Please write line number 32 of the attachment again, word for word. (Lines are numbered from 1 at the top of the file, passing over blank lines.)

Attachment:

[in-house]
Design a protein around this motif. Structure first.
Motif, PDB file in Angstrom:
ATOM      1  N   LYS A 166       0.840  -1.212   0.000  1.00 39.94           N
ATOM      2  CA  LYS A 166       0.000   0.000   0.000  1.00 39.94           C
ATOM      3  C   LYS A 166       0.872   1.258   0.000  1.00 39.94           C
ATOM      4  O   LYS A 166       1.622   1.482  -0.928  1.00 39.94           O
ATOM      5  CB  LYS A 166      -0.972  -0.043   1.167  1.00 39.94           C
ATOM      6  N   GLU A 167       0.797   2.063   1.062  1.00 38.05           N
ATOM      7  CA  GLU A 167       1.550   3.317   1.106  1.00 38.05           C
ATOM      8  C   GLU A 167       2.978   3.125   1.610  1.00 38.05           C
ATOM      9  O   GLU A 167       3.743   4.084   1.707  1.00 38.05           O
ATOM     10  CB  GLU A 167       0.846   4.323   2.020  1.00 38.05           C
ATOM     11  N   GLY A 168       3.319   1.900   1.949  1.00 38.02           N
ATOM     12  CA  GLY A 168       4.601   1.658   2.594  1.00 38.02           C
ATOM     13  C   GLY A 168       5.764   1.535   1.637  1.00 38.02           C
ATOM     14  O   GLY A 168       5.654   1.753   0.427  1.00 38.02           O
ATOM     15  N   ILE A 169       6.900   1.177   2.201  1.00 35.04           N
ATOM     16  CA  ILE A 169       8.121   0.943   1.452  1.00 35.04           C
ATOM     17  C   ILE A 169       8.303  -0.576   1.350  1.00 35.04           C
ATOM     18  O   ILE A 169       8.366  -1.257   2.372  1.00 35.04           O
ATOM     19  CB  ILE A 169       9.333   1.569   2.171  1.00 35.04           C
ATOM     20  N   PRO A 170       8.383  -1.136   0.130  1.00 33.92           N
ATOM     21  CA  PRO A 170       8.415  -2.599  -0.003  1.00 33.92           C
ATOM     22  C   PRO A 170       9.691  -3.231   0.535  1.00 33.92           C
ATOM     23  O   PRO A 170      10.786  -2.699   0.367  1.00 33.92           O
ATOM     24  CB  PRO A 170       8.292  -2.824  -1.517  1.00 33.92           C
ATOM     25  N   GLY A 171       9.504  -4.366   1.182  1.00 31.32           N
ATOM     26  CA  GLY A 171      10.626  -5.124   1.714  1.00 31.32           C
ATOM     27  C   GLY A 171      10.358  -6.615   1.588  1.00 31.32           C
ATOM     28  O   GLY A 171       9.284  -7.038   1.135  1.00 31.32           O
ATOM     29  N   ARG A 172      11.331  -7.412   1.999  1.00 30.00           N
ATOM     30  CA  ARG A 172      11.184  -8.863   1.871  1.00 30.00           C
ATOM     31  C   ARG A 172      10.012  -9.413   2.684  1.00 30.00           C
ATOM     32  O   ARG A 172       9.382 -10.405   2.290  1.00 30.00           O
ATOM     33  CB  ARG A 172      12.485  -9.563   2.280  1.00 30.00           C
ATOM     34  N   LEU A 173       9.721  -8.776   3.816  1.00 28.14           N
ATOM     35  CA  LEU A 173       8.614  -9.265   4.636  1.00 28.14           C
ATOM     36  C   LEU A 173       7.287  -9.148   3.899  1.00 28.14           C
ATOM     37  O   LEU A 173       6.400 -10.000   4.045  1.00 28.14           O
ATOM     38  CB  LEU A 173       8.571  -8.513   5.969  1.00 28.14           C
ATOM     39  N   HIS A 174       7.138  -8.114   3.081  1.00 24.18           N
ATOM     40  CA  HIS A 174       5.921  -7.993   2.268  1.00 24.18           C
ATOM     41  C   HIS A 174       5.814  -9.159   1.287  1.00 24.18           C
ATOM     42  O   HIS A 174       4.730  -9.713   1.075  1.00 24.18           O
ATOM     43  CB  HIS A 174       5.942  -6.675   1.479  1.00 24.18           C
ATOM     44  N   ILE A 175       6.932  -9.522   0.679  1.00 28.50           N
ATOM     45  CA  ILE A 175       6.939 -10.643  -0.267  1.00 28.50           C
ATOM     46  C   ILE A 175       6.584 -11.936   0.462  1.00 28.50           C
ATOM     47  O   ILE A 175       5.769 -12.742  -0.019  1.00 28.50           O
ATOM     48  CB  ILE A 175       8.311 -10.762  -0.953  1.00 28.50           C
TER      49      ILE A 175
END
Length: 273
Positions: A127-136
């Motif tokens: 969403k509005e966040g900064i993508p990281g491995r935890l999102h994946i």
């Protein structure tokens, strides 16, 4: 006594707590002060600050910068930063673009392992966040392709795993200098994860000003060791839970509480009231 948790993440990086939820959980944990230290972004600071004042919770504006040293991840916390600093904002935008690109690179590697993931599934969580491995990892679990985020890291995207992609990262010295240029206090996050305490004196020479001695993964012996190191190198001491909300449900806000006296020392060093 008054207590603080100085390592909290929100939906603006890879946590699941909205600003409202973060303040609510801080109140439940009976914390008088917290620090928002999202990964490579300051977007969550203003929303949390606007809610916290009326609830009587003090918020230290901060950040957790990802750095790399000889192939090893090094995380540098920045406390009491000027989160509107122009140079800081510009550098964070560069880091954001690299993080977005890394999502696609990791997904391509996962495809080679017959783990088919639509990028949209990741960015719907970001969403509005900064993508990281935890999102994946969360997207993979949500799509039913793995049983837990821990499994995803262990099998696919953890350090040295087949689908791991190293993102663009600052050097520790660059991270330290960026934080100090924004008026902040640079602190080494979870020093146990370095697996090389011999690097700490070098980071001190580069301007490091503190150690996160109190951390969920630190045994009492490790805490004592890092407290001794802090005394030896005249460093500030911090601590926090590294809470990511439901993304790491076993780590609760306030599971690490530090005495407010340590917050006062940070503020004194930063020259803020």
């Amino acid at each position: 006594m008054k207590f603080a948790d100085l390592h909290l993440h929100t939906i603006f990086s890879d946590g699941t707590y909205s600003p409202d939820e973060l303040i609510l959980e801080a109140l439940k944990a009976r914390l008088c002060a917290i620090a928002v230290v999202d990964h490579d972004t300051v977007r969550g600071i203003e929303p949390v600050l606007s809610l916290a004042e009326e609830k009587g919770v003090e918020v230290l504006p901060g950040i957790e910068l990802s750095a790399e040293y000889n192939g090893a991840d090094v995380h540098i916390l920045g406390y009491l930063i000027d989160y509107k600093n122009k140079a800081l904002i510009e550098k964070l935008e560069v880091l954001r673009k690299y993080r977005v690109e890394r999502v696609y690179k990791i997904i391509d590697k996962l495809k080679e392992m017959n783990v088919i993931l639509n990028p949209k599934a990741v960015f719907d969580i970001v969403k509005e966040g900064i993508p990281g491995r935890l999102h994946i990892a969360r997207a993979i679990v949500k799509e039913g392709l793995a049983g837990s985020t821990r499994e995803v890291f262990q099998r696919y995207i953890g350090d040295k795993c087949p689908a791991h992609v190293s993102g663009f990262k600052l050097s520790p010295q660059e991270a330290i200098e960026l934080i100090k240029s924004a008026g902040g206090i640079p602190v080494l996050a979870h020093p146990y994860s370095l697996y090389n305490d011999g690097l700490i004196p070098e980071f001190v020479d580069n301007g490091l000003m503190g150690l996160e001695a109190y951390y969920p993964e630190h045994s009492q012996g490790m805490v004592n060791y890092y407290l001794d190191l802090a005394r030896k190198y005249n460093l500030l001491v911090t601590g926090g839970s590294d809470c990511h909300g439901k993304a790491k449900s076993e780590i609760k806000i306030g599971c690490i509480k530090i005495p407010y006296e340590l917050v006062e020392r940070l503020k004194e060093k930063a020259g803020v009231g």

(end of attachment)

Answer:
ATOM     29  N   ARG A 172      11.331  -7.412   1.999  1.00 30.00           N